At least one celebrity thought it was funny. "Am thinking of inviting Andy Coulson to the Comedy Awards," tweeted Jonathan Ross ahead of presenting Saturday night's funfest. "Have left a message on Sienna Miller's phone for him."
But as the resignation of David Cameron's director of communications elevated the mobile phone-hacking scandal to a new level of importance, few others saw it as a source of amusement.
As high-profile figures in film, sport and politics pursue legal action against Mr Coulson's former paper, the News of the World, some are genuinely angry at what they see as an invasion of their personal privacy. Others conceal hopes of a big pay-out.
There's little laughter in Fleet Street. In other circumstances, the demise of a tough Wapping stalwart like Mr Coulson would have been greeted with unrestrained glee by rival media groups. But many responded to the news with barely disguised discomfort, preferring to cover Alan Johnson's marital problems and developments in the Joanna Yeates murder investigation.
The reason is that News International's dogged insistence, over four years, that its phone-hackery was the work of a rogue reporter (jailed royal editor Clive Goodman) had held a line for other newspaper groups too. But now, first with the suspension of the senior News of the World executive Ian Edmondson and then with the departure of Mr Coulson, it feels as if the levee has been breached.
Mr Edmondson has instructed lawyers and denies wrongdoing. Mr Coulson says his resignation does not alter his position – that he was unaware of any phone hacking when editing the News of the World.
But the mood has changed. What was being written off as an ideologically motivated spat now has the feel of something more significant. And media groups that had previously stood to one side of the issue, claiming it to be of little interest, might now be starting to sweat. Mark Lewis, a lawyer representing alleged victims of hacking, has claimed to be preparing cases on behalf of clients against other newspapers, outside News International titles.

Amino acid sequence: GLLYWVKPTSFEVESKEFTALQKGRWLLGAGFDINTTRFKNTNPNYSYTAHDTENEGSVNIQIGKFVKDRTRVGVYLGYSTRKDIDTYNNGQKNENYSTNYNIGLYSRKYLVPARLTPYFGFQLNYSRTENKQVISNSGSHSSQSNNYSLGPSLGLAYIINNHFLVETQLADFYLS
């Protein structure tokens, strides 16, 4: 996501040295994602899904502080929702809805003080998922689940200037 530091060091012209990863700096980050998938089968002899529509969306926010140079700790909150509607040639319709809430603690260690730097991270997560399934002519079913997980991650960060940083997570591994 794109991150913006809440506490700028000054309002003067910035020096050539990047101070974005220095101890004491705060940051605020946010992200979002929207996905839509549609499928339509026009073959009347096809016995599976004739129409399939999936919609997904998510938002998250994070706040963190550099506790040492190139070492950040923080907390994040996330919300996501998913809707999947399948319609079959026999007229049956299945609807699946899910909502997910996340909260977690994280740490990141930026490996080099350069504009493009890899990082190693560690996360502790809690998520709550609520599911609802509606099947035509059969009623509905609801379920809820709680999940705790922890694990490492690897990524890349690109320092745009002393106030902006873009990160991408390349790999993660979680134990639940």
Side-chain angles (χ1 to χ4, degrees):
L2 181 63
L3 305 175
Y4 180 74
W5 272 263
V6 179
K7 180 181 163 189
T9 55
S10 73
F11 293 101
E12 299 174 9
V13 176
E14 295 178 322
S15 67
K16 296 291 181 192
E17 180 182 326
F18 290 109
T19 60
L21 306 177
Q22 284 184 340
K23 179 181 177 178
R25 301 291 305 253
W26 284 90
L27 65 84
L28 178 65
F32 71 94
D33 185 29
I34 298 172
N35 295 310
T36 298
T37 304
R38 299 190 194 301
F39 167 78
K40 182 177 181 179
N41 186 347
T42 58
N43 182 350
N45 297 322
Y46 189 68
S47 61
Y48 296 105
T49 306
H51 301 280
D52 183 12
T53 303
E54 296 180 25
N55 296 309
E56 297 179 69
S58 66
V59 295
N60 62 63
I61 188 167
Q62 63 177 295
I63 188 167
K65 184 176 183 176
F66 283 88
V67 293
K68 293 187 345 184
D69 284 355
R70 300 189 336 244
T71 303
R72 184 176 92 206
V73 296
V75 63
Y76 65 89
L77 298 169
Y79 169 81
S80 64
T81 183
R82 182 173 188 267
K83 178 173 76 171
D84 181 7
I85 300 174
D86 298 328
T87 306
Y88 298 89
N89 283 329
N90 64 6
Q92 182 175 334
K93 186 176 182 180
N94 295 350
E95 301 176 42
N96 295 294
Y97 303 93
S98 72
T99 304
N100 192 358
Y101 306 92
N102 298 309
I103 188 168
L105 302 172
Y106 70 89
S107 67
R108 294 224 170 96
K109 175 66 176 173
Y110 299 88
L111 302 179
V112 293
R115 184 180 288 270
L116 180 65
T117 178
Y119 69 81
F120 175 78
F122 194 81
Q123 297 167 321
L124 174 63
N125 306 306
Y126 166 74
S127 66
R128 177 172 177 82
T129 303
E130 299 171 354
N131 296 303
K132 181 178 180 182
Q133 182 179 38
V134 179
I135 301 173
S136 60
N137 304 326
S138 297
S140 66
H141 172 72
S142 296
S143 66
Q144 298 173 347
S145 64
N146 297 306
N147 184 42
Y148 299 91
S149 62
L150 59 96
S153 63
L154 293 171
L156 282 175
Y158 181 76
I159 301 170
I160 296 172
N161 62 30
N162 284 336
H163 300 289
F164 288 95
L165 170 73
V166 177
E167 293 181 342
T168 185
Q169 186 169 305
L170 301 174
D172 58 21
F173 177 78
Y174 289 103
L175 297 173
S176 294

It hardly comes as a surprise. As long ago as 2006 the Information Commissioner produced a report in which he named 30 newspapers and magazines (The Independent not among them) which had paid for personal confidential information. At the top of the list was the Daily Mail, where 58 reporters were implicated, followed by the Daily Mirror with 45 names. At the time of Goodman's conviction, Piers Morgan claimed he was "a convenient fall-guy for investigative practices that everyone knows were going on at almost every paper in Fleet Street for years".
Morgan, who edited both the News of the World and the Daily Mirror, is one of scores of tabloid journalists who have worked for rival employers, swapping news-gathering techniques, sharing contacts and blurring the reporting cultures.
"The phone-hacking fuelling so much current fury is old news," wrote the former Guardian editor Peter Preston yesterday in The Observer (another title named in the Information Commissioner's report). He is right that such practices appear to have ended abruptly with Goodman's jailing in 2007. The hacking culture comes from a previous era and was regarded as a basic snooping technique. More extreme reporters acted out James Bond fantasies by carrying attaché cases stuffed with electrical gadgetry from London spy shops and an acquaintance with the dark arts was a badge of honour. Its equivalent today would be an understanding of how to scour social networking sites for personal information.
Newspapers might have thought they had got away with their hacking. But the money at stake is a great incentive to keep the issue alive. News International has reportedly paid a combined £1.7m to two claimants in out-of-court settlements. The queue of litigants is growing daily. These are hefty sums, for a company that lost £78.5m pre-tax in 2009 (admittedly after a written-off £45m loan to the group's closed free daily, thelondonpaper).
Although cases will be difficult to prove, other media groups, already faced with adverse trading conditions, could be crushed by a mountain of litigation.